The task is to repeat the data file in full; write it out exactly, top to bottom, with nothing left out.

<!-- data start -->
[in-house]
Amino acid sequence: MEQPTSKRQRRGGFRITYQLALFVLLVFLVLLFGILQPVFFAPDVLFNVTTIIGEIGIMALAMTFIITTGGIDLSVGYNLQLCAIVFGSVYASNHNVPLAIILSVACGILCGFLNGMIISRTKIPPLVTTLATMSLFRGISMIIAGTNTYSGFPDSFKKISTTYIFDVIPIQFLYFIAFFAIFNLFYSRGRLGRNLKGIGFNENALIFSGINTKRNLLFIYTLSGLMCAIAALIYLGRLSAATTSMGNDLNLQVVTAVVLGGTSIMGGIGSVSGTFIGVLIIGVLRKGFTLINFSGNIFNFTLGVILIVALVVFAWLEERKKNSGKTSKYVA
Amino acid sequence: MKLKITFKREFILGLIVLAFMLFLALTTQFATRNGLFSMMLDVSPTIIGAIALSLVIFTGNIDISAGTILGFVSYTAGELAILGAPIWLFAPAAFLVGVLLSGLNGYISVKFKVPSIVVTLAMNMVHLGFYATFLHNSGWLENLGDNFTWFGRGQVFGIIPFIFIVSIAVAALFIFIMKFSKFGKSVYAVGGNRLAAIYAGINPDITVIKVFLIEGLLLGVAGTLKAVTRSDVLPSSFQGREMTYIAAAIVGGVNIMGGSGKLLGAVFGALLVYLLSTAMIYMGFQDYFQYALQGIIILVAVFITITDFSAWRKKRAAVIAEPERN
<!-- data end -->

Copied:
[in-house]
Amino acid sequence: MEQPTSKRQRRGGFRITYQLALFVLLVFLVLLFGILQPVFFAPDVLFNVTTIIGEIGIMALAMTFIITTGGIDLSVGYNLQLCAIVFGSVYASNHNVPLAIILSVACGILCGFLNGMIISRTKIPPLVTTLATMSLFRGISMIIAGTNTYSGFPDSFKKISTTYIFDVIPIQFLYFIAFFAIFNLFYSRGRLGRNLKGIGFNENALIFSGINTKRNLLFIYTLSGLMCAIAALIYLGRLSAATTSMGNDLNLQVVTAVVLGGTSIMGGIGSVSGTFIGVLIIGVLRKGFTLINFSGNIFNFTLGVILIVALVVFAWLEERKKNSGKTSKYVA
Amino acid sequence: MKLKITFKREFILGLIVLAFMLFLALTTQFATRNGLFSMMLDVSPTIIGAIALSLVIFTGNIDISAGTILGFVSYTAGELAILGAPIWLFAPAAFLVGVLLSGLNGYISVKFKVPSIVVTLAMNMVHLGFYATFLHNSGWLENLGDNFTWFGRGQVFGIIPFIFIVSIAVAALFIFIMKFSKFGKSVYAVGGNRLAAIYAGINPDITVIKVFLIEGLLLGVAGTLKAVTRSDVLPSSFQGREMTYIAAAIVGGVNIMGGSGKLLGAVFGALLVYLLSTAMIYMGFQDYFQYALQGIIILVAVFITITDFSAWRKKRAAVIAEPERN